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Complications of Radical Neck Dissection

Complications of Radical Neck Dissection Abstract NECK dissections are most commonly performed as a part of a combined resection of both the primary lesion and regional lymph nodes, and it is with these combined operations that the great majority of complications occur. The potential for complication varies with the presence of preoperative irradiation as well as with the amount of radiation given and the method and type of radiotherapy. Patients irradiated more than six months prior to surgery have the greatest number of complications. Tissues are most favorable for operation three weeks following the completion of radiotherapy because fibrosis and endarteritis are minimal and tumor regression is maximal. Thus a lower complication rate is expected if surgery is performed within three to six weeks after the completion of radiotherapy. Radium, cobalt 60, and conventional 200 kv therapy provide higher risk potential than does supravoltage therapy because the latter causes less tissue destruction.1,2 Complications which will References 1. Vandenberg, H.J., et al: Comparison of Wound Healing Between Irradiated and Nonirradiated Patients After Radical Neck Dissection , Amer J Surg 110:557-561 ( (Oct) ) 1965.Crossref 2. Stark, R.B.: Immediate Complications of Head and Neck Surgery , Surg Clin N Amer 44:305-311 ( (April) ) 1964. 3. Nabre, M.O.: Clinical Stage Classification of Malignant Tumors of the Larynx at the UNIO International Contra Cancium, 1960, pp 1865-1873. 4. Goldman, J.L., et al: Combined Irradiation and Surgery for Cancer of the Larynx and Laryngopharynx , International Workshop on Cancer of Head and Neck, New York, (May) 1965. 5. Corgill, D.: Complications of Neck Dissections , International Workshop on Cancer of Head and Neck, New York, May 1965. 6. King, E.D.: Radical Head and Neck Surgery in Irradiated Patients , Surg Clin N Amer 45:567-572 ( (June) ) 1965. 7. Tamoney, H.J.: Transverse Incisions for Radical Neck Dissection , Surgery 60:260-263 ( (Aug) ) 1966. 8. Conley, J.J.: The Use of Regional Flaps in Head and Neck Surgery , Ann Otol 69:1223-1234 ( (Dec) ) 1960. 9. Follette, W.J.: Management of Complications of Head and Neck Surgery , Laryngoscope 76:1949-1970 ( (Dec) ) 1966.Crossref 10. Corso, P.F., and Gerold, F.P.: Use of Autogenous Dermis for Protection of the Carotid Artery and Pharyngeal Suture Lines in Radical Head and Neck Surgery , Surg Gynec Obstet 117:37-40 ( (July) ) 1963. 11. Ketchum, A.S., and Hoye, R.C.: Spontaneous Carotid Artery Hemorrhage After Head and Neck Surgery , Amer J Surg 110:649-655 ( (Oct) ) 1965.Crossref http://www.deepdyve.com/assets/images/DeepDyve-Logo-lg.png Archives of Otolaryngology American Medical Association

Complications of Radical Neck Dissection

Archives of Otolaryngology , Volume 88 (2) – Aug 1, 1968

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Publisher
American Medical Association
Copyright
Copyright © 1968 American Medical Association. All Rights Reserved.
ISSN
0003-9977
DOI
10.1001/archotol.1968.00770010182014
Publisher site
See Article on Publisher Site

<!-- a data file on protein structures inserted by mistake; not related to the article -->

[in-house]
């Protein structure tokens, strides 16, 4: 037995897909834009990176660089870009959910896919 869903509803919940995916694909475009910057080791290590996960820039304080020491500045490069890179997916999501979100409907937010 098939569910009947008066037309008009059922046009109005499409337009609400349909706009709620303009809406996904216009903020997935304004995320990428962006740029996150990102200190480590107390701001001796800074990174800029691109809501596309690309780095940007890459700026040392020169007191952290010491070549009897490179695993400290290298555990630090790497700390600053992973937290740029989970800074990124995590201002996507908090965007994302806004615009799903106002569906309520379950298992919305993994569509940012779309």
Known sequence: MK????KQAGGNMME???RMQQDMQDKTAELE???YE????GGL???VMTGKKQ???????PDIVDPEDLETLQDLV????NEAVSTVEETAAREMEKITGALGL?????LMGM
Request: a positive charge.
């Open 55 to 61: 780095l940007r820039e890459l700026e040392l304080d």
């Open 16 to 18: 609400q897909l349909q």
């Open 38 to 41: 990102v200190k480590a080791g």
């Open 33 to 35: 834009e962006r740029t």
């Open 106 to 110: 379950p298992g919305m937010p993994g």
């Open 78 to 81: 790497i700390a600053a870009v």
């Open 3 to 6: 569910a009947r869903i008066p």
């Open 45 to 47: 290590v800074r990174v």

Abstract

Abstract NECK dissections are most commonly performed as a part of a combined resection of both the primary lesion and regional lymph nodes, and it is with these combined operations that the great majority of complications occur. The potential for complication varies with the presence of preoperative irradiation as well as with the amount of radiation given and the method and type of radiotherapy. Patients irradiated more than six months prior to surgery have the greatest number of complications. Tissues are most favorable for operation three weeks following the completion of radiotherapy because fibrosis and endarteritis are minimal and tumor regression is maximal. Thus a lower complication rate is expected if surgery is performed within three to six weeks after the completion of radiotherapy. Radium, cobalt 60, and conventional 200 kv therapy provide higher risk potential than does supravoltage therapy because the latter causes less tissue destruction.1,2 Complications which will References 1. Vandenberg, H.J., et al: Comparison of Wound Healing Between Irradiated and Nonirradiated Patients After Radical Neck Dissection , Amer J Surg 110:557-561 ( (Oct) ) 1965.Crossref 2. Stark, R.B.: Immediate Complications of Head and Neck Surgery , Surg Clin N Amer 44:305-311 ( (April) ) 1964. 3. Nabre, M.O.: Clinical Stage Classification of Malignant Tumors of the Larynx at the UNIO International Contra Cancium, 1960, pp 1865-1873. 4. Goldman, J.L., et al: Combined Irradiation and Surgery for Cancer of the Larynx and Laryngopharynx , International Workshop on Cancer of Head and Neck, New York, (May) 1965. 5. Corgill, D.: Complications of Neck Dissections , International Workshop on Cancer of Head and Neck, New York, May 1965. 6. King, E.D.: Radical Head and Neck Surgery in Irradiated Patients , Surg Clin N Amer 45:567-572 ( (June) ) 1965. 7. Tamoney, H.J.: Transverse Incisions for Radical Neck Dissection , Surgery 60:260-263 ( (Aug) ) 1966. 8. Conley, J.J.: The Use of Regional Flaps in Head and Neck Surgery , Ann Otol 69:1223-1234 ( (Dec) ) 1960. 9. Follette, W.J.: Management of Complications of Head and Neck Surgery , Laryngoscope 76:1949-1970 ( (Dec) ) 1966.Crossref 10. Corso, P.F., and Gerold, F.P.: Use of Autogenous Dermis for Protection of the Carotid Artery and Pharyngeal Suture Lines in Radical Head and Neck Surgery , Surg Gynec Obstet 117:37-40 ( (July) ) 1963. 11. Ketchum, A.S., and Hoye, R.C.: Spontaneous Carotid Artery Hemorrhage After Head and Neck Surgery , Amer J Surg 110:649-655 ( (Oct) ) 1965.Crossref

Journal

Archives of OtolaryngologyAmerican Medical Association

Published: Aug 1, 1968

References

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